Thursday, October 05, 2017

A Heritage supper with Jenny Morris at Karibu

Last week, Jenny (famously aka The Giggling Gourmet) invited us to join her and sample the menu at Karibu. And sample we did with a massive 10 course tasting menu, all paired with the correct wines. The courses just grew and grew in size. If you have visitors to the Cape who are curious as to what traditional South African food is like, send them to Karibu. And, no, they will not be obliged to have a 10 course menu, unless they choose to
A large restaurant with seats outside on the front terrace and great views of the Waterfront and the mountain. Luckily, as it was a little chilly that evening, we sat at the long table inside
Interesting, rather Christmassy decor (Yes, it is coming, far too quickly for us). All they need is a reindeer - wait! no, a caribou - and a few red baubles
A welcoming "cocktail", somewhat reminiscent of melted ice cream, with a chocolate elephant head for decoration
The irrepressible Jenny Morris with Executive Chef Jamie Rowntree, who has been with Karibu for 10 years. We were told that Sommelier Paul would keep us moist and lubricated. And, yes he did, with such a well chosen wine pairing of excellent top wines. Their cellar must be good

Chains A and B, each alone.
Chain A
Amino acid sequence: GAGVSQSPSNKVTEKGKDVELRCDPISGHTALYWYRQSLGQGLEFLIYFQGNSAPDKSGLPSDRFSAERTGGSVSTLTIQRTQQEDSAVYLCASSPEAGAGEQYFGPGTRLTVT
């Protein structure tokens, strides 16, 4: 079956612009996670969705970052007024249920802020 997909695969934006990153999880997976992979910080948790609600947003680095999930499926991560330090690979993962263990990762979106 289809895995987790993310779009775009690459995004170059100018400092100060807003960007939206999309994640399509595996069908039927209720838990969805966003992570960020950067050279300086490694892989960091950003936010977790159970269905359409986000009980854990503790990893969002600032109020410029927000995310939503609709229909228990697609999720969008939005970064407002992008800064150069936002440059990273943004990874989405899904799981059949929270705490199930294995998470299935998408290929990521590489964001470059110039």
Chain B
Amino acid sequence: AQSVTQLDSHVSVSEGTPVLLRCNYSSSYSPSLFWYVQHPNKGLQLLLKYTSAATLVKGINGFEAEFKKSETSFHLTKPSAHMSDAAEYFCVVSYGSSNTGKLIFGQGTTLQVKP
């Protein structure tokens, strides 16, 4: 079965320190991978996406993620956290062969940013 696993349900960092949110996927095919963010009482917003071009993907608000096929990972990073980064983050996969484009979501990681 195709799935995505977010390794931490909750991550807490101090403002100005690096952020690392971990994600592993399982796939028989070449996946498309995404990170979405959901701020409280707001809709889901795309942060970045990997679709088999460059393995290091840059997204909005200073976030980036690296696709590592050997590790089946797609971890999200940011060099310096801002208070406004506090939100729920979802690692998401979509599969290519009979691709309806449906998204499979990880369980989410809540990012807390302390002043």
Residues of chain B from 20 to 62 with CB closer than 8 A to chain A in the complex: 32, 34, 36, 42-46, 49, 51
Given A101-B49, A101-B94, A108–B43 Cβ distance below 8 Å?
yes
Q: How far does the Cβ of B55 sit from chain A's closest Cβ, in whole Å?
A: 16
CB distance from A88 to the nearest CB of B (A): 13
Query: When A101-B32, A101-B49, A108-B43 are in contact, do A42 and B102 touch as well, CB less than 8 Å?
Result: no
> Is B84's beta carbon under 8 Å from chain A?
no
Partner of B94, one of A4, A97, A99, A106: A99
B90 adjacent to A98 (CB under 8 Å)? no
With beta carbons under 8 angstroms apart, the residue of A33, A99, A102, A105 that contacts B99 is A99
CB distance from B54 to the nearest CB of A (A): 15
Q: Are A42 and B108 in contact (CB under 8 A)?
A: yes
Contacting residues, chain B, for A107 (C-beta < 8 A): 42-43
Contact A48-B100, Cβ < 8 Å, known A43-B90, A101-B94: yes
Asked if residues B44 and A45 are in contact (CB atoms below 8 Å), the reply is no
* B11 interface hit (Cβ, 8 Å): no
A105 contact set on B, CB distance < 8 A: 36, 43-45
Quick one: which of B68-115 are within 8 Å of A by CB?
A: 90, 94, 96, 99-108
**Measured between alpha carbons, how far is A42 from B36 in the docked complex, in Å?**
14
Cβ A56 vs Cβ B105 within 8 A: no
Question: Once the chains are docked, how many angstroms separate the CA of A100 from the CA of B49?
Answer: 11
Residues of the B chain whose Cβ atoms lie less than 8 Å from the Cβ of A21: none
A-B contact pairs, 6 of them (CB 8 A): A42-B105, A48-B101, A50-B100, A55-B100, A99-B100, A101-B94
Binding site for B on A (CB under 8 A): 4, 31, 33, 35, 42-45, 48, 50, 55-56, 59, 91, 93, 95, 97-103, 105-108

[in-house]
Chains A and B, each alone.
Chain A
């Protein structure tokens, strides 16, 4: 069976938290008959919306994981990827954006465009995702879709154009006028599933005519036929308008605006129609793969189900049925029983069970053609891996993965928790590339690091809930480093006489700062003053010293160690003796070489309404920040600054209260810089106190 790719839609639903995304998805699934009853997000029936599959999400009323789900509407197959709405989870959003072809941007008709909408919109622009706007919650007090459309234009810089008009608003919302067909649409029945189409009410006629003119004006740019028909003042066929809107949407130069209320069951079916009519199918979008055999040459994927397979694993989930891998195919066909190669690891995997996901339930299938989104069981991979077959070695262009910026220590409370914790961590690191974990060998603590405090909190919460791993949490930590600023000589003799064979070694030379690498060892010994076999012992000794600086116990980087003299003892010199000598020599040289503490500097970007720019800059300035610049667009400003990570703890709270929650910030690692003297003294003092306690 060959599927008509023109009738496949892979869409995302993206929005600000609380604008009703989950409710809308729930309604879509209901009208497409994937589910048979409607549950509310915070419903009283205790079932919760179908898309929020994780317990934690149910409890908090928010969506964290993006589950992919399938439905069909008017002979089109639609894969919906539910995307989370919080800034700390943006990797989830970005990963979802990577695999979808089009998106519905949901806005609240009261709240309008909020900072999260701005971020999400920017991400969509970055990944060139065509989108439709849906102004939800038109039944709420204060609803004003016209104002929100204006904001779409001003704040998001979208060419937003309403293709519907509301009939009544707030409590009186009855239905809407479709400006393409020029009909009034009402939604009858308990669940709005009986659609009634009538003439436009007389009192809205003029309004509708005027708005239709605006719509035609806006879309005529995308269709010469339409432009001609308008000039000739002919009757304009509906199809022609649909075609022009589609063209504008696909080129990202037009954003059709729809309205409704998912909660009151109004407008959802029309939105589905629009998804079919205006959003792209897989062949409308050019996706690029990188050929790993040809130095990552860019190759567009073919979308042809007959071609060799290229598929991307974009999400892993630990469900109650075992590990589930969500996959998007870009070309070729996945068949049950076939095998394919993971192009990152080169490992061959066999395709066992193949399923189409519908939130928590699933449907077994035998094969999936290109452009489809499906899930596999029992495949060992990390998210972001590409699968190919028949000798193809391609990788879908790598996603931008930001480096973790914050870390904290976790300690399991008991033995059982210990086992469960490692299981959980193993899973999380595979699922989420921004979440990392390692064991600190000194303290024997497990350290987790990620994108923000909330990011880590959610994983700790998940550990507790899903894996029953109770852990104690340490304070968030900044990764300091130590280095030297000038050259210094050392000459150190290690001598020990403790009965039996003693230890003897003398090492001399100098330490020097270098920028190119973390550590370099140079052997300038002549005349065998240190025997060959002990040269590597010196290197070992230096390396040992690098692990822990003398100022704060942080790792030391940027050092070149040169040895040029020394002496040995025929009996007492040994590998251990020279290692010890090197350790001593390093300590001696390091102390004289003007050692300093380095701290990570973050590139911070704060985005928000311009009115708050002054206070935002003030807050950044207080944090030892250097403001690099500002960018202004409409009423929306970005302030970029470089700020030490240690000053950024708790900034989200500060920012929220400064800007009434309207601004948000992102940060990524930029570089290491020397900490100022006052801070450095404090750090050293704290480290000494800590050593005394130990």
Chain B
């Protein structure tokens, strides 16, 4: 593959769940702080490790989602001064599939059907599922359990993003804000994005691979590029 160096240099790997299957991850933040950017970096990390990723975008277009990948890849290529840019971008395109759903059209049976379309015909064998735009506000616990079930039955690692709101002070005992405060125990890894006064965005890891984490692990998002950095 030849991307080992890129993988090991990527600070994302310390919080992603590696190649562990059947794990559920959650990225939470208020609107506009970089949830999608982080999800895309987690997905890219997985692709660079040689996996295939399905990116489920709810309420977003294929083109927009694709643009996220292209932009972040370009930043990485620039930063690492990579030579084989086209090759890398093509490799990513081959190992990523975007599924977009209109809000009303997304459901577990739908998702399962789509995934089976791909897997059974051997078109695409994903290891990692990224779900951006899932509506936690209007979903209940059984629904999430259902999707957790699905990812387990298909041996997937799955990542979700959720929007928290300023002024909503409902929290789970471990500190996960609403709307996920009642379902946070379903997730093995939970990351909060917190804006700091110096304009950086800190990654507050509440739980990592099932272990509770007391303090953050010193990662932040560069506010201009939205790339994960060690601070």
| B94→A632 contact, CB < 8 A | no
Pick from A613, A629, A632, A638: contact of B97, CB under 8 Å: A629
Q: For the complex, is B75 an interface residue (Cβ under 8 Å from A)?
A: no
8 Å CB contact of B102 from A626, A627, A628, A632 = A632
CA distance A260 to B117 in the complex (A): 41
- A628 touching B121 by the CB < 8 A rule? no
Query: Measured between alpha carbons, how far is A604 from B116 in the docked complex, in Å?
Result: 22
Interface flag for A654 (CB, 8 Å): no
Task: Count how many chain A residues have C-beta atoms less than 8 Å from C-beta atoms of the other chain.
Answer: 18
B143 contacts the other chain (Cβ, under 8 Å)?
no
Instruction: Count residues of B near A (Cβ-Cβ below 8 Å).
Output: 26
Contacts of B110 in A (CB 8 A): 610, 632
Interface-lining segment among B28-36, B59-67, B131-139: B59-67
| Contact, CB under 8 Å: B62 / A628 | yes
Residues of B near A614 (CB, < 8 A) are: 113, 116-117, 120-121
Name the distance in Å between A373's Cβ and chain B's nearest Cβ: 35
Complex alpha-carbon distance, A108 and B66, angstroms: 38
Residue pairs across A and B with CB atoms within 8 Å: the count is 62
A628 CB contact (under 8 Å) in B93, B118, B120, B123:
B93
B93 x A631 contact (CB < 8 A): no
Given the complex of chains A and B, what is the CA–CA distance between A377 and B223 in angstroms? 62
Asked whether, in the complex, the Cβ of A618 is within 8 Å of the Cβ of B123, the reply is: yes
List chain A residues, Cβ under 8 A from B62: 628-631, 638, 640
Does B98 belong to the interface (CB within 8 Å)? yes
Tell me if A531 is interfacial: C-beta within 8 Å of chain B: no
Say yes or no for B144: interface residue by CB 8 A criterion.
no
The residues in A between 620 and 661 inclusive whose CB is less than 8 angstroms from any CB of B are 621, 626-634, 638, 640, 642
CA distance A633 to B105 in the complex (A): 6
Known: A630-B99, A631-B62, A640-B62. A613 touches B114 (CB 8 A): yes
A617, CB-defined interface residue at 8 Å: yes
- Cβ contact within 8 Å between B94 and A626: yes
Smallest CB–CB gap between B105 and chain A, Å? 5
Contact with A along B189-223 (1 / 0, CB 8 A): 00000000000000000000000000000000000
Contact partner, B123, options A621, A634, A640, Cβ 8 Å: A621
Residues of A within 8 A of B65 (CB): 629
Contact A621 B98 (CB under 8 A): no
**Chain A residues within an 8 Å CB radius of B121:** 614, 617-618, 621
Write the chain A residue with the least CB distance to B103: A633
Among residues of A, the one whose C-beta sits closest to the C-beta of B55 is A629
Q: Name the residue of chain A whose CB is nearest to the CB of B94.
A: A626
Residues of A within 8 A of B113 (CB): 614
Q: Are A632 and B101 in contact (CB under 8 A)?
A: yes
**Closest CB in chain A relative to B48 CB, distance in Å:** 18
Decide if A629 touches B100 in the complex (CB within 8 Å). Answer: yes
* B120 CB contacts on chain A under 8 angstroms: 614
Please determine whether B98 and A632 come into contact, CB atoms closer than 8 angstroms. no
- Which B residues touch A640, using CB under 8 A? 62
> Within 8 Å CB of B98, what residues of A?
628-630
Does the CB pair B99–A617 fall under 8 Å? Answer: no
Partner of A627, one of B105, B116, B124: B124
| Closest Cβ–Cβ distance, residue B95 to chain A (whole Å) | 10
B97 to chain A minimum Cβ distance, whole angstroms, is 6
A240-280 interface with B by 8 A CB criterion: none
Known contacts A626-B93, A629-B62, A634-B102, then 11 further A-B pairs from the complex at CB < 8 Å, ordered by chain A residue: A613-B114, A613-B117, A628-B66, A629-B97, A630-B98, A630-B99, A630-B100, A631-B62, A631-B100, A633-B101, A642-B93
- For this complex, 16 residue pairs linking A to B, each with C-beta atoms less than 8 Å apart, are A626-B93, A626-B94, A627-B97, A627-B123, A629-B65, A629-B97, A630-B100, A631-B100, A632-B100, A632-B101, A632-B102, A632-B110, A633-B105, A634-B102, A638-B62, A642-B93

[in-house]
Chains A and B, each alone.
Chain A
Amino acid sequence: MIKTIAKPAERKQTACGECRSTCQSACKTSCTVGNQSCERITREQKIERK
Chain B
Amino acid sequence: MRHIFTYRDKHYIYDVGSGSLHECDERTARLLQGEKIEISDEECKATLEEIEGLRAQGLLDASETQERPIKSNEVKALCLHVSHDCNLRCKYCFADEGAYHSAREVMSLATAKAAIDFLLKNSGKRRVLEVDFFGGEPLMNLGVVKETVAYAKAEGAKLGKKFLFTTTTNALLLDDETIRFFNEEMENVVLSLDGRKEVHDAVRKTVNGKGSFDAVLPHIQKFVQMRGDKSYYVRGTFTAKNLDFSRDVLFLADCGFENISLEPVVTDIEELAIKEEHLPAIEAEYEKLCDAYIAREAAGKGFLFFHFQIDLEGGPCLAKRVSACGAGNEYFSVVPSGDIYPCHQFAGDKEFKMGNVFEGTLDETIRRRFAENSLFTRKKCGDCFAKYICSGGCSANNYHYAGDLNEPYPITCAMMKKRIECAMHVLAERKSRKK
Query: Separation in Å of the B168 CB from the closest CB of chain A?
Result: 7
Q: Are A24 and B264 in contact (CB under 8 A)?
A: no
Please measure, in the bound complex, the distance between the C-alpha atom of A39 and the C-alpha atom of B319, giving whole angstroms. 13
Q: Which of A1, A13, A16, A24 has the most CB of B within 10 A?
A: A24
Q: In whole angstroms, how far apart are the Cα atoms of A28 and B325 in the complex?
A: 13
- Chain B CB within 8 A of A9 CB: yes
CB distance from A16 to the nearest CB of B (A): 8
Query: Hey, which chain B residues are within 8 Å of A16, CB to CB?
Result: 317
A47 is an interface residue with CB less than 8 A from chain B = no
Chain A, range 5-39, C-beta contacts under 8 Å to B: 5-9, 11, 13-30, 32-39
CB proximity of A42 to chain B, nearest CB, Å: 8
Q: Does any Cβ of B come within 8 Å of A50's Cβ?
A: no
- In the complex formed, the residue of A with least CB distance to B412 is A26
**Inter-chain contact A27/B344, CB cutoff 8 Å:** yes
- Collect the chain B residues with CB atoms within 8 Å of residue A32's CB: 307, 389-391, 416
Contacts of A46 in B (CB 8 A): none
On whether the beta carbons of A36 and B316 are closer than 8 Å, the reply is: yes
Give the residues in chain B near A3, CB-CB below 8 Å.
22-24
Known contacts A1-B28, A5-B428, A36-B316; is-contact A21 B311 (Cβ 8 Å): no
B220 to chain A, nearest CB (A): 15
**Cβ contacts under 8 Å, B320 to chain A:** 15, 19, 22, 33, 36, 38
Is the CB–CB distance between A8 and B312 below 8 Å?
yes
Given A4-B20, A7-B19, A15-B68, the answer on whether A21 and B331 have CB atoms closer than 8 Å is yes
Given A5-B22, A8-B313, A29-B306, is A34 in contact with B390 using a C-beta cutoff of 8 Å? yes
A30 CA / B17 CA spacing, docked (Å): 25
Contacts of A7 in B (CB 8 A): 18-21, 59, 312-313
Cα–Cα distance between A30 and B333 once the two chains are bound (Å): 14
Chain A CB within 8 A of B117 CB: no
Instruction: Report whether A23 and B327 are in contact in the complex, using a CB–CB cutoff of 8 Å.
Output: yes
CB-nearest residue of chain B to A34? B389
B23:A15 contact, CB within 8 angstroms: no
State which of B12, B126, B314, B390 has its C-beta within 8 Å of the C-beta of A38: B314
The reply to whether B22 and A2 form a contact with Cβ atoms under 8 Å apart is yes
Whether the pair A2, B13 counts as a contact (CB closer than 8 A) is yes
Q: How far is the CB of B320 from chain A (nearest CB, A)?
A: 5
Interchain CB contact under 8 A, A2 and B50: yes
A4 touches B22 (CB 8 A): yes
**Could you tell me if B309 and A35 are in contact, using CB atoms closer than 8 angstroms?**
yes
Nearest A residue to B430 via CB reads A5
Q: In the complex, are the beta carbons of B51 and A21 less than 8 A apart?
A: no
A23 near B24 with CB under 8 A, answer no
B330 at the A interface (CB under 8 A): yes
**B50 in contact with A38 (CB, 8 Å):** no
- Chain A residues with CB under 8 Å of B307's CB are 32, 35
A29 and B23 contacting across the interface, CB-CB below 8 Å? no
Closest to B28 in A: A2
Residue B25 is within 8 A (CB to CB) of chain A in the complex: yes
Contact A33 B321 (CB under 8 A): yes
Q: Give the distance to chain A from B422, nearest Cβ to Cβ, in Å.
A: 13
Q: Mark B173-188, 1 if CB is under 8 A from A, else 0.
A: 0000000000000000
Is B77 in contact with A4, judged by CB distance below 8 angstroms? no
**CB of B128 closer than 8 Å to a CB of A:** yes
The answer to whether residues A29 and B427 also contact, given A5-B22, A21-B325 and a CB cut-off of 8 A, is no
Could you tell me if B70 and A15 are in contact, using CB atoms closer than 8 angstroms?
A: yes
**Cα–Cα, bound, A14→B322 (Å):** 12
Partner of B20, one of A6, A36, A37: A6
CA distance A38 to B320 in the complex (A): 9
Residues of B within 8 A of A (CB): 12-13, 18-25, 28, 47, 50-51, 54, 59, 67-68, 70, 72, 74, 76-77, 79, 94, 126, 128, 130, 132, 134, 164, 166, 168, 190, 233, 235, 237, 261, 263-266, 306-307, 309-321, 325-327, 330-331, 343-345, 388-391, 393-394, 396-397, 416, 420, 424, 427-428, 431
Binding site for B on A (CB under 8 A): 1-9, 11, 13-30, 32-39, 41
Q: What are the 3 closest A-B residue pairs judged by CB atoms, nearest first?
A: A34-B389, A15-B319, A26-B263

First course, a twist of smoked salmon on a mini potato rosti, with mayonnaise and lemon
This was served with some 2016 Fleur du Cap unfiltered Sauvignon Blanc. If you like this beautiful wine, and we do, buy now; it is about to disappear. We hear that Distell has cancelled all the unfiltered wines from Fleur du Cap. Cider makes more money and Distell is the world's second largest cider producer. Who needs wine...?

Next a wave of smoked rooibos, thyme and red barrel-stave-smoked snoek paté with a garlic crouton and a twirl of sweet mustard sauce. Served with Fairview’s Oom Pagel Semillon, which was also very wooded and a good match
Another fish course: a tiny fish frikkadel (cake), with a tomato and raw onion salsa and our traditional Mrs Ball’s Chutney and mayo. This went with Ken Forrester’s 2016 Old Vine Chenin Blanc, a wine good for all occasions and super with fish
Suddenly, we had this choir doing a Black Mambazo/Paul Simon rendition of "Diamonds on the Soles of Her Shoes" and others. Excellent, adds atmosphere. The restaurant has lots of tourists